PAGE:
Status: active

To                         Action      From
--                         ------      ----
2049                       ALLOW

Server steps are complete here.


NFS Client Configuration

Start by updating the package repository on the client:

Step-1: Update NFS Client Packages (Optional)

foc@ubuntu22:~$ sudo apt update -y


Step-2: Install NFS Client

Then install the nfs-common package:

foc@ubuntu22:~$ sudo apt install nfs-common -y


Step-3: Create mount point

Create the directory to mount the NFS share:

foc@ubuntu22:~$ sudo mkdir /nfs_share_client


Step-4: Access NFS Server on the Client

Then mount the NFS server share directory and the directory created on the client:

foc@ubuntu22:~$ sudo mount -t nfs /nfs_share_client

Verify the same using df command:

foc@ubuntu22:~$ df -h
Filesystem                         Size  Used Avail Use% Mounted on
tmpfs                              393M  1.2M  392M   1% /run
/dev/mapper/ubuntu--vg-ubuntu--lv   12G  9.3G  1.4G  88% /
tmpfs                              2.0G     0  2.0G   0% /dev/shm
tmpfs                              5.0M     0  5.0M   0% /run/lock
/dev/vda2                          2.0G  247M  1.6G  14% /boot
tmpfs                              393M  4.0K  393M   1% /run/user/1000      24G   20G  3.3G  86% /nfs_share_client


Step-5: Test the NFS Client

Create a sample file on the client (this will require write permission for the NFS client on the shared folder which we created on NFS Server):

foc@ubuntu22:~$ sudo touch /nfs_share_client/example_file

You can see that the same file is created on the server:

foc@ubuntu22desktop:~$ ls /nfssharefolder/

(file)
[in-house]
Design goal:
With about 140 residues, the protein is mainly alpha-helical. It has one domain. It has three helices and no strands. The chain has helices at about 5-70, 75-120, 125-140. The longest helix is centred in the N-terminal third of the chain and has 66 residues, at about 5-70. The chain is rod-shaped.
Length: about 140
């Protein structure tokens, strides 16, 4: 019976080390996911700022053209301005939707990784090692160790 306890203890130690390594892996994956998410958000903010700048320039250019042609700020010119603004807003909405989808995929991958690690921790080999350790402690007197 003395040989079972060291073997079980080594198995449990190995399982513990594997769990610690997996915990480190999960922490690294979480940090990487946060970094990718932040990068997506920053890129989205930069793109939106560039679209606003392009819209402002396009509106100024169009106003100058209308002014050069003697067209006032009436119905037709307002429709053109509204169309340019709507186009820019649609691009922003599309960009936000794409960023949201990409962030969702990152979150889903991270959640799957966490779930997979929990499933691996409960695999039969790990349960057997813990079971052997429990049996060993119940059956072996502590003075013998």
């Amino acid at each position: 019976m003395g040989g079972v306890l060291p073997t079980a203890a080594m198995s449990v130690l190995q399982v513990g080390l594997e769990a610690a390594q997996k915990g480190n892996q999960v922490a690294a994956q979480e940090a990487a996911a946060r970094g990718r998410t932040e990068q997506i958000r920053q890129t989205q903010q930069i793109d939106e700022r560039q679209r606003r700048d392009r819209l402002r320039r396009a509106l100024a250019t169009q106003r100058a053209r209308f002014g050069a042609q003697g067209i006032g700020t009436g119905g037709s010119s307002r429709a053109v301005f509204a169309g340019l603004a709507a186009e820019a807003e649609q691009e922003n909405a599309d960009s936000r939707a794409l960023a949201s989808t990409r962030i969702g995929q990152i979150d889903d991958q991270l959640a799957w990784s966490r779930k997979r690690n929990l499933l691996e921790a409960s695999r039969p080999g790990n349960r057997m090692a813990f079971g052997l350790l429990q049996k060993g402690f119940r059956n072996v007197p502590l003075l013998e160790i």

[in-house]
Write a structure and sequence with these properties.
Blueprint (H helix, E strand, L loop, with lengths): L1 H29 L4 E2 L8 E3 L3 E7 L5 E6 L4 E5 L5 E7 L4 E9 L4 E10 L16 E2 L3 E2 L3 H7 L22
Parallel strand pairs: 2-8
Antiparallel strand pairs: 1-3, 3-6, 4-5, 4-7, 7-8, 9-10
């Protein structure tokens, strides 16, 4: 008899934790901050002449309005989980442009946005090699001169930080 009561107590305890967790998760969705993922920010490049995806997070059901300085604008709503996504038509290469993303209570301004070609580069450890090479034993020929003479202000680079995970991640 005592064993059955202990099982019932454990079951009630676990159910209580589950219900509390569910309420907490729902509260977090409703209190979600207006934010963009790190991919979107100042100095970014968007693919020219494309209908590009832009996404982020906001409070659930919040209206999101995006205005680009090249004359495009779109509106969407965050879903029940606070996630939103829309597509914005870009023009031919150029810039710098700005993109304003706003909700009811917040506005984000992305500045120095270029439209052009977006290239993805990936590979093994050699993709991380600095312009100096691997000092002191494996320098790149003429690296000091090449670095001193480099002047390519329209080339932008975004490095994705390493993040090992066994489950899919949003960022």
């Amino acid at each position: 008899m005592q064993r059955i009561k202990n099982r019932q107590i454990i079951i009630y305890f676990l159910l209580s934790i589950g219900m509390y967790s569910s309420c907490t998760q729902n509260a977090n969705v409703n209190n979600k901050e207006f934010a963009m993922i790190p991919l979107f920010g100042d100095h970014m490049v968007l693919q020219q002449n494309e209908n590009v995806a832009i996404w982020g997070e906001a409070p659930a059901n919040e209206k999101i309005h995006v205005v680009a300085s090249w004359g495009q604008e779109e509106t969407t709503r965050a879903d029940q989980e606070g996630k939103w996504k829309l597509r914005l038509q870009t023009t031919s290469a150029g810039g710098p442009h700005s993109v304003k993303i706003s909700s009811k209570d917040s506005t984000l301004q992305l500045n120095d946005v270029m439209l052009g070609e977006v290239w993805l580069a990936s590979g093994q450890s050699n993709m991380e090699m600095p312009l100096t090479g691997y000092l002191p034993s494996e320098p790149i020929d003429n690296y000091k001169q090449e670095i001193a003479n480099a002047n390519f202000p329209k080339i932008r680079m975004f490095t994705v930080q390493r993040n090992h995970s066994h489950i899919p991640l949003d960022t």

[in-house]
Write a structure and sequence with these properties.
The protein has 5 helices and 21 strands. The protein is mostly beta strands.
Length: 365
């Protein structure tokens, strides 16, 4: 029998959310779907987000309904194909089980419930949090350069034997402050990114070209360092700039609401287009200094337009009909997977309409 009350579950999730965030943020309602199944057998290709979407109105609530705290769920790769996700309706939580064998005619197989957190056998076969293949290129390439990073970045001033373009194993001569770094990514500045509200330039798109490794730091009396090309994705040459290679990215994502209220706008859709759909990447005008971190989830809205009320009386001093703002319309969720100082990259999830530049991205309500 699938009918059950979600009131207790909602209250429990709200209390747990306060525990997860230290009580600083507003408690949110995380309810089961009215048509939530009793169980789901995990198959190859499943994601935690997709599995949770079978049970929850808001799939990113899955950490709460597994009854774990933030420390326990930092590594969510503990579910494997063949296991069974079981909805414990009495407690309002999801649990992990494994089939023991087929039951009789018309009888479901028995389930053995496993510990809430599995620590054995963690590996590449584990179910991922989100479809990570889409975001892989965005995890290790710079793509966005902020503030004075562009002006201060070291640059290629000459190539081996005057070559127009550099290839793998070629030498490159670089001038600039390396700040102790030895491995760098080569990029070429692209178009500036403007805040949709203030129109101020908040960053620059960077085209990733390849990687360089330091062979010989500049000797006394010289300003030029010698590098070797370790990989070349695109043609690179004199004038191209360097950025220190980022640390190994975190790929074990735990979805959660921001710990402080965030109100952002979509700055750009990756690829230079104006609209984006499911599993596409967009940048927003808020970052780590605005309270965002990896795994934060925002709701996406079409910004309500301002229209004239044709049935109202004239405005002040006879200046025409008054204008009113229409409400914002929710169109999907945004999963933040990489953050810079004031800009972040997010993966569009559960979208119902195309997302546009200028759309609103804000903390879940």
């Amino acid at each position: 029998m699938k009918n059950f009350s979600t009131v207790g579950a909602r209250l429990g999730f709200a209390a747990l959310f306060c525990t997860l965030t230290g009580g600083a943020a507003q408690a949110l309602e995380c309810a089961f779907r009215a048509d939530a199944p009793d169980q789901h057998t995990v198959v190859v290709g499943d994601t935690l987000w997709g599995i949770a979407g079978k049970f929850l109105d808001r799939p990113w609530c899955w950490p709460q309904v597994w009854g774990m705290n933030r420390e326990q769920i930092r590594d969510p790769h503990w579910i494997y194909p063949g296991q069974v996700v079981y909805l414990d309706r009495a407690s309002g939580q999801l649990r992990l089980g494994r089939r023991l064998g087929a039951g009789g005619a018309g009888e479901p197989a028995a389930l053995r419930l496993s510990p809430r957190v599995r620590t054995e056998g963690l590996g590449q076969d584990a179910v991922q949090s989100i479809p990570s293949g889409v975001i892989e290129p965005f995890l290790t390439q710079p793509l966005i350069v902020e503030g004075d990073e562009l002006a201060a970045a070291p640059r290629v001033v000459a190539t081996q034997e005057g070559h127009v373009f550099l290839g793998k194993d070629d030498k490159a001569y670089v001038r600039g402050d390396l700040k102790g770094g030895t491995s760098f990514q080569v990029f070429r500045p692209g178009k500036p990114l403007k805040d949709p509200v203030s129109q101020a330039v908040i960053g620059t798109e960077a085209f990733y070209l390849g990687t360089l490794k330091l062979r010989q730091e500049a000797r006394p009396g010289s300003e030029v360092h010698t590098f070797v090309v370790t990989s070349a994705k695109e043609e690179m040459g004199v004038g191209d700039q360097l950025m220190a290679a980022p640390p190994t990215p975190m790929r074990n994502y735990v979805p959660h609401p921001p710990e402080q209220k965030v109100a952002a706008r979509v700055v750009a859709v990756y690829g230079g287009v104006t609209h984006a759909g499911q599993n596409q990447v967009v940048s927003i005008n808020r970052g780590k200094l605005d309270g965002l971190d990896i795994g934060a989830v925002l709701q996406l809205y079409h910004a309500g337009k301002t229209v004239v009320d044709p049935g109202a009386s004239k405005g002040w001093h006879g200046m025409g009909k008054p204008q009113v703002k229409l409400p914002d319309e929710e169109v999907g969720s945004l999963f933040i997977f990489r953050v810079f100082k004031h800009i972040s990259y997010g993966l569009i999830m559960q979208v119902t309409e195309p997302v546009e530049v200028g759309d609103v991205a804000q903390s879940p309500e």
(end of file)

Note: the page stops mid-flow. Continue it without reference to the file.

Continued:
Step-6: Make persistent changes to access NFS Server on Client

The changes which we did in previous steps are non-persistent which would mean that it will not survive post reboot of the Linux node. To make the NFS share permanent, define it in the fstab file or you can also use systemctl to update fstab file:

foc@ubuntu22:~$ sudo nano /etc/fstab /nfs_share_client nfs4 defaults 0 0

After this step, when the client is rebooted, you will still have access to the NFS share directory:

foc@ubuntu22:~$ mount -l | grep nfs on /nfs_share_client type nfs4 (rw,relatime,vers=4.2,rsize=524288,wsize=524288,namlen=255,hard,proto=tcp,timeo=600,retrans=2,sec=sys,clientaddr=,local_lock=none,addr=


What is NEXT?



In Linux, there are different methods for sharing remote directories and accessing them on clients. But the easiest and fastest method is NFS. We have explained the steps for both server and client. We hope it will be useful.


References - SettingUpNFSHowTo - Network File System (NFS)


Views: 84

Omer Cakmak

He is highly skilled at managing Debian, Ubuntu, CentOS, Oracle Linux, and Red Hat servers. Proficient in bash scripting, Ansible, and AWX central server management, he handles server operations on OpenStack, KVM, Proxmox, and VMware. You can connect with him on LinkedIn or check his projects on GitHub page.

Can't find what you're searching for? Let us assist you.

Enter your query below, and we'll provide instant results tailored to your needs.

If my articles on GoLinuxCloud has helped you, kindly consider buying me a coffee as a token of appreciation.

Buy GoLinuxCloud a Coffee

For any other feedbacks or questions you can send mail to

Thank You for your support!!

Leave a Comment

GoLinuxCloud Logo

We try to offer easy-to-follow guides and tips on various topics such as Linux, Cloud Computing, Programming Languages, Ethical Hacking and much more.

Programming Languages